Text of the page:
6 Responses to “In response”

  1. “it’s the community’s willingness to lie down and take it”

    Does this not ultimately sum up all of what everyone does though? (from a distance rather than covering every single thing everyone does of course). We could have nice things. We are more interested in not being “that guy” (idk if you remember your old blog post about how your workplace donated a day of everybodies time to charity and you didnt want to be ‘that guy’) and more interested in making that “that guy” doesn’t have any success than anything else.

    The life of anyone who goes about actually agitating for positive change is bound in misery

  2. “I would like to see the community come together to defend themselves.” Really?
    The community wasn’t “defending itself” last year when it libelled the Puppies in newspapers around the world (“racist” Brad Torgersen!)?
    The community wasn’t “defending itself” last year when Mary Robinette Kowal went on a vote buying spree?
    The community wasn’t “defending itself” last year when it No-Awarded works and people – not because of the quality of the work, not even because of the character of the nominee, but because of who nominated it?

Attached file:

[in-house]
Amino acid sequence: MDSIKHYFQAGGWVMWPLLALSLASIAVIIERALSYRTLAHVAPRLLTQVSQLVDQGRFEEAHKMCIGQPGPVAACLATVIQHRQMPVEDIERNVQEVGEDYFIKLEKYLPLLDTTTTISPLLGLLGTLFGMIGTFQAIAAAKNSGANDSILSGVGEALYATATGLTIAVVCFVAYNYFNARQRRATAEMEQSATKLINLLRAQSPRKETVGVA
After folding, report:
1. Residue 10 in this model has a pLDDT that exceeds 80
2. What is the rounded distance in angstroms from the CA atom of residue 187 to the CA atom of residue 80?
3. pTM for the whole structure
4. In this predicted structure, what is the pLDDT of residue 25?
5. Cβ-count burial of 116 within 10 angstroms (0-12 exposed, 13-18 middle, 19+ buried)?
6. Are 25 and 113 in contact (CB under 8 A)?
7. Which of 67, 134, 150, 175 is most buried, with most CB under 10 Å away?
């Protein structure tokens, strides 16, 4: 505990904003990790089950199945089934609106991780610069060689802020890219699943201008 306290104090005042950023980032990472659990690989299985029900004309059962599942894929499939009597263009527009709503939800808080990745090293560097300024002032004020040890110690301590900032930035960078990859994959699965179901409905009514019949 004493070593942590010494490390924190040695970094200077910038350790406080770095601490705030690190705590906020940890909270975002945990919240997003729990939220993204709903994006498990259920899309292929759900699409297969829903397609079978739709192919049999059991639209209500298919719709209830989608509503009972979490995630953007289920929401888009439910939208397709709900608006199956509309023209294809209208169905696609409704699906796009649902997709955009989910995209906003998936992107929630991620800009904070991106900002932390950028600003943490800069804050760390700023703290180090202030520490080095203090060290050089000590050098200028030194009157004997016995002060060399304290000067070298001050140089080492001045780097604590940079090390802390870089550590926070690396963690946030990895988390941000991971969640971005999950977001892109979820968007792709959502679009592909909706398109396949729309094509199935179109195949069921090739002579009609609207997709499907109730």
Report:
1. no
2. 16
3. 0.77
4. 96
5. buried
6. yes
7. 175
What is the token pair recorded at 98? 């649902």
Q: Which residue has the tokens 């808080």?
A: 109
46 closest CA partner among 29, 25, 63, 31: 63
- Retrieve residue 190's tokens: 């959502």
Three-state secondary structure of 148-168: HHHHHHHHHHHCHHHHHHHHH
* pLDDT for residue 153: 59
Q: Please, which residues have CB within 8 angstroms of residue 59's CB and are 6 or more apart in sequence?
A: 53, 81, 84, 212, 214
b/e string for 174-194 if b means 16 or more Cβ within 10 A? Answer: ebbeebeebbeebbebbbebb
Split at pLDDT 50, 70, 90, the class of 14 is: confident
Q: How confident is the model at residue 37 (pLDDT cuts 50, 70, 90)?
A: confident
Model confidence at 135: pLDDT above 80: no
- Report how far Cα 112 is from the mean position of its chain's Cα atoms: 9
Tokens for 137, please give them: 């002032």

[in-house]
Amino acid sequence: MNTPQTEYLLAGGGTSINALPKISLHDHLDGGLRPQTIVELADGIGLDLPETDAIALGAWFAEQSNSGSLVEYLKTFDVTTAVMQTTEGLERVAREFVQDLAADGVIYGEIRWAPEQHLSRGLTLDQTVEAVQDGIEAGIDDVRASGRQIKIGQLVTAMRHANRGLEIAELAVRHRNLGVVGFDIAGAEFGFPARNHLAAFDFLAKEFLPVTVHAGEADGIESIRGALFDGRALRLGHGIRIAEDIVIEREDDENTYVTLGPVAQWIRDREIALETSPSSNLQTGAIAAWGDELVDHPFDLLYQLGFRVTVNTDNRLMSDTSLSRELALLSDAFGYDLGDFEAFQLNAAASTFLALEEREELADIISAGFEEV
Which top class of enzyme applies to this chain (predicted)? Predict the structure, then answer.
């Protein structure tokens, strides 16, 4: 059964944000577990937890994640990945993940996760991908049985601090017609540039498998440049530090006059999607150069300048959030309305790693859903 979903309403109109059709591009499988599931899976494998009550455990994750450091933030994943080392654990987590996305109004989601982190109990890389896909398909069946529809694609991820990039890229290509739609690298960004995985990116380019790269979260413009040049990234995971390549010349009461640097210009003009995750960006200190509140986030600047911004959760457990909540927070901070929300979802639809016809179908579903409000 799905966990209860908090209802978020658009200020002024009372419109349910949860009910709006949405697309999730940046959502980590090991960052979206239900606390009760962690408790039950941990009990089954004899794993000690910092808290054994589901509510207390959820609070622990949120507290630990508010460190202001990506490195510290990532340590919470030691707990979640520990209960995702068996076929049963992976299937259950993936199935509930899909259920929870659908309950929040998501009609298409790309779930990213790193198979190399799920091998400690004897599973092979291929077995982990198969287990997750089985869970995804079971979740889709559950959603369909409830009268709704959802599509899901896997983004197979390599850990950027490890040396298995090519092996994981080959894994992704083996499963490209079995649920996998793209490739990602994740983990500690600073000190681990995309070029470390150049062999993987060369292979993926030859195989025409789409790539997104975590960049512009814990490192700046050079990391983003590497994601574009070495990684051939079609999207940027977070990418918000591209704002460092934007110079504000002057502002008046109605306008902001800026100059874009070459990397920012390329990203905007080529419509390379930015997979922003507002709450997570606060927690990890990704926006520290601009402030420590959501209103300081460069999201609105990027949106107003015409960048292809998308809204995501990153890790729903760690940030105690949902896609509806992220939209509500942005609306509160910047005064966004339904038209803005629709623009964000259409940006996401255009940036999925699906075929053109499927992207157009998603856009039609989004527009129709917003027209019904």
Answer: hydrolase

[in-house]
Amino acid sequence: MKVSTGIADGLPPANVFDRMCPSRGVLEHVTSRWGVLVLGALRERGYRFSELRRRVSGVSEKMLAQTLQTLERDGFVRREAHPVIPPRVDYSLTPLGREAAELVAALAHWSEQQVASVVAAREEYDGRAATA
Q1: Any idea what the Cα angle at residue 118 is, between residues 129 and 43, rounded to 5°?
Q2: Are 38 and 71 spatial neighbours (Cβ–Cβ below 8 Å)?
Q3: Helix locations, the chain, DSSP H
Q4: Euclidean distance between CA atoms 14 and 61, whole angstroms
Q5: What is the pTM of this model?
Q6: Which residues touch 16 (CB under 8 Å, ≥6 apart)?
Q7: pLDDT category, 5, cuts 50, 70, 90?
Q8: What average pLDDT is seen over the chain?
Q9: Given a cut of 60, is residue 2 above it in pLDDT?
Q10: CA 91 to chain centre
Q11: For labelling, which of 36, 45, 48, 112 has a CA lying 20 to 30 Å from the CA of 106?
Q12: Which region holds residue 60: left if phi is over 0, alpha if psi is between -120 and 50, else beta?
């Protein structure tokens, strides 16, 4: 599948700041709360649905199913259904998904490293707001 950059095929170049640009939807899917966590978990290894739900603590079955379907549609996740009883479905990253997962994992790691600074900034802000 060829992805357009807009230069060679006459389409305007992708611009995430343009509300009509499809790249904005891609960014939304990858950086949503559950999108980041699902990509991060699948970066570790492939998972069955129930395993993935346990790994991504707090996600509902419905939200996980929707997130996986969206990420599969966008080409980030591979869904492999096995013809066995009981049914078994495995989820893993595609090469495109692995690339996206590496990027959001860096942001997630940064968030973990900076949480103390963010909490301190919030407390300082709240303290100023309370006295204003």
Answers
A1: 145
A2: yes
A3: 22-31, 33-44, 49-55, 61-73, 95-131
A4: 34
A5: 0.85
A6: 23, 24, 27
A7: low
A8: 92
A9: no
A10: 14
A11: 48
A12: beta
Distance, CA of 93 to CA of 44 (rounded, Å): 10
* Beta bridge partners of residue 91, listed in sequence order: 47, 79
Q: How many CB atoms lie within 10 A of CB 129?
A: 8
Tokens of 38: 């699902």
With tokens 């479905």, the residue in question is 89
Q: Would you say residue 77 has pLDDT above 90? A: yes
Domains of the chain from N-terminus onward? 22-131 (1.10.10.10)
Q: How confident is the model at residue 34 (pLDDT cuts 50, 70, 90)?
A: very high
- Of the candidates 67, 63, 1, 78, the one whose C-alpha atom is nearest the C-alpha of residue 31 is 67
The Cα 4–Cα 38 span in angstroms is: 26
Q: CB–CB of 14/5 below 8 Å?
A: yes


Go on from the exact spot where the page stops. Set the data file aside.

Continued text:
The community wasn’t “defending itself” last year when when it cheered the humiliation of nominees who were in the room? Egged on by the MC? As punishment for their work having been liked by the wrong people?

    The community “defending itself” turned me from being Sad-curious to being a Rabid fellow traveller.

    All you had to do last year was shrug and vote on the nominees as normal. The Sads would have felt included, the Rabids would have been discredited, and this year we would have been talking about science fiction. But, like HJPEV’s dark side, the community escalated, and escalated, and escalated, and now here we are with a Space Raptor Butt Invasion.

    Think carefully about your next move, because the community “defending itself” is Vox Day’s best recruiting agent. If you want to make VD weaker, stop making him stronger.

    • > The community wasn’t “defending itself” last year when it libelled the Puppies in newspapers around the world (“racist” Brad Torgersen!)?

      I’d like to point out that the people who called Brad racist/etc were a minority, and were amplified by the same media forces that always look for the most outrage-producing idiots on either side that they can find, in order to get attention and clicks. Brad was a spite-filled rage-peddler, but he wasn’t a racist.

      That being said, he didn’t do himself any favors by embracing and empowering Vox Day, who really is that bad.